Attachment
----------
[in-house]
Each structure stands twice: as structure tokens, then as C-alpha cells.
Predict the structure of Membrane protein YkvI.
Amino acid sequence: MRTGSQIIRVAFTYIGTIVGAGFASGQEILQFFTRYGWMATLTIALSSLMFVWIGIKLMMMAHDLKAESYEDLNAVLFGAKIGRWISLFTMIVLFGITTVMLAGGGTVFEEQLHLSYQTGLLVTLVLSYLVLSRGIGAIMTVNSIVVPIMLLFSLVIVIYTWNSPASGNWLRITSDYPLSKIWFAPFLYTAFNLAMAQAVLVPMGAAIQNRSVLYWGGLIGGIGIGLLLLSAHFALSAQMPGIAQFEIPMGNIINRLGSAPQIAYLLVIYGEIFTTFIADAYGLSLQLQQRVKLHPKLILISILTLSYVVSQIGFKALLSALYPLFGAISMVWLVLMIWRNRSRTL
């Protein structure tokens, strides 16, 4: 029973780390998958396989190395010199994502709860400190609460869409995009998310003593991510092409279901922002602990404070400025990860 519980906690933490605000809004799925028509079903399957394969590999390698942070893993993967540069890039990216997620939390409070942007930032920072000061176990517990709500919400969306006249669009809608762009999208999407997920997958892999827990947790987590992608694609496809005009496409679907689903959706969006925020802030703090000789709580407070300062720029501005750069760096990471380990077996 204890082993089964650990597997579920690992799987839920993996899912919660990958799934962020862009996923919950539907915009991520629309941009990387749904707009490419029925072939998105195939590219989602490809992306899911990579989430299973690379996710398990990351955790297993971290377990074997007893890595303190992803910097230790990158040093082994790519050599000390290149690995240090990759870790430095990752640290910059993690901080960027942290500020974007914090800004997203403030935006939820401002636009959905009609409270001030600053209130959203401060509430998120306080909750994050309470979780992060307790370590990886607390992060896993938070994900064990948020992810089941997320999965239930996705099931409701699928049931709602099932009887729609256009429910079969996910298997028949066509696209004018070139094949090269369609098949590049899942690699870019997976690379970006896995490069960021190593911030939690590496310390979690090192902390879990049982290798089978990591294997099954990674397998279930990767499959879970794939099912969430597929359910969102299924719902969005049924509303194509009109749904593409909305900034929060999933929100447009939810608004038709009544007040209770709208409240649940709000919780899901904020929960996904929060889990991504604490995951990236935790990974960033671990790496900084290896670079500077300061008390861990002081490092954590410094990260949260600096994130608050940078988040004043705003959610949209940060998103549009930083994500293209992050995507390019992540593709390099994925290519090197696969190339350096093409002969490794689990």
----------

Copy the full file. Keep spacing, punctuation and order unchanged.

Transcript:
[in-house]
Each structure stands twice: as structure tokens, then as C-alpha cells.
Predict the structure of Membrane protein YkvI.
Amino acid sequence: MRTGSQIIRVAFTYIGTIVGAGFASGQEILQFFTRYGWMATLTIALSSLMFVWIGIKLMMMAHDLKAESYEDLNAVLFGAKIGRWISLFTMIVLFGITTVMLAGGGTVFEEQLHLSYQTGLLVTLVLSYLVLSRGIGAIMTVNSIVVPIMLLFSLVIVIYTWNSPASGNWLRITSDYPLSKIWFAPFLYTAFNLAMAQAVLVPMGAAIQNRSVLYWGGLIGGIGIGLLLLSAHFALSAQMPGIAQFEIPMGNIINRLGSAPQIAYLLVIYGEIFTTFIADAYGLSLQLQQRVKLHPKLILISILTLSYVVSQIGFKALLSALYPLFGAISMVWLVLMIWRNRSRTL
């Protein structure tokens, strides 16, 4: 029973780390998958396989190395010199994502709860400190609460869409995009998310003593991510092409279901922002602990404070400025990860 519980906690933490605000809004799925028509079903399957394969590999390698942070893993993967540069890039990216997620939390409070942007930032920072000061176990517990709500919400969306006249669009809608762009999208999407997920997958892999827990947790987590992608694609496809005009496409679907689903959706969006925020802030703090000789709580407070300062720029501005750069760096990471380990077996 204890082993089964650990597997579920690992799987839920993996899912919660990958799934962020862009996923919950539907915009991520629309941009990387749904707009490419029925072939998105195939590219989602490809992306899911990579989430299973690379996710398990990351955790297993971290377990074997007893890595303190992803910097230790990158040093082994790519050599000390290149690995240090990759870790430095990752640290910059993690901080960027942290500020974007914090800004997203403030935006939820401002636009959905009609409270001030600053209130959203401060509430998120306080909750994050309470979780992060307790370590990886607390992060896993938070994900064990948020992810089941997320999965239930996705099931409701699928049931709602099932009887729609256009429910079969996910298997028949066509696209004018070139094949090269369609098949590049899942690699870019997976690379970006896995490069960021190593911030939690590496310390979690090192902390879990049982290798089978990591294997099954990674397998279930990767499959879970794939099912969430597929359910969102299924719902969005049924509303194509009109749904593409909305900034929060999933929100447009939810608004038709009544007040209770709208409240649940709000919780899901904020929960996904929060889990991504604490995951990236935790990974960033671990790496900084290896670079500077300061008390861990002081490092954590410094990260949260600096994130608050940078988040004043705003959610949209940060998103549009930083994500293209992050995507390019992540593709390099994925290519090197696969190339350096093409002969490794689990």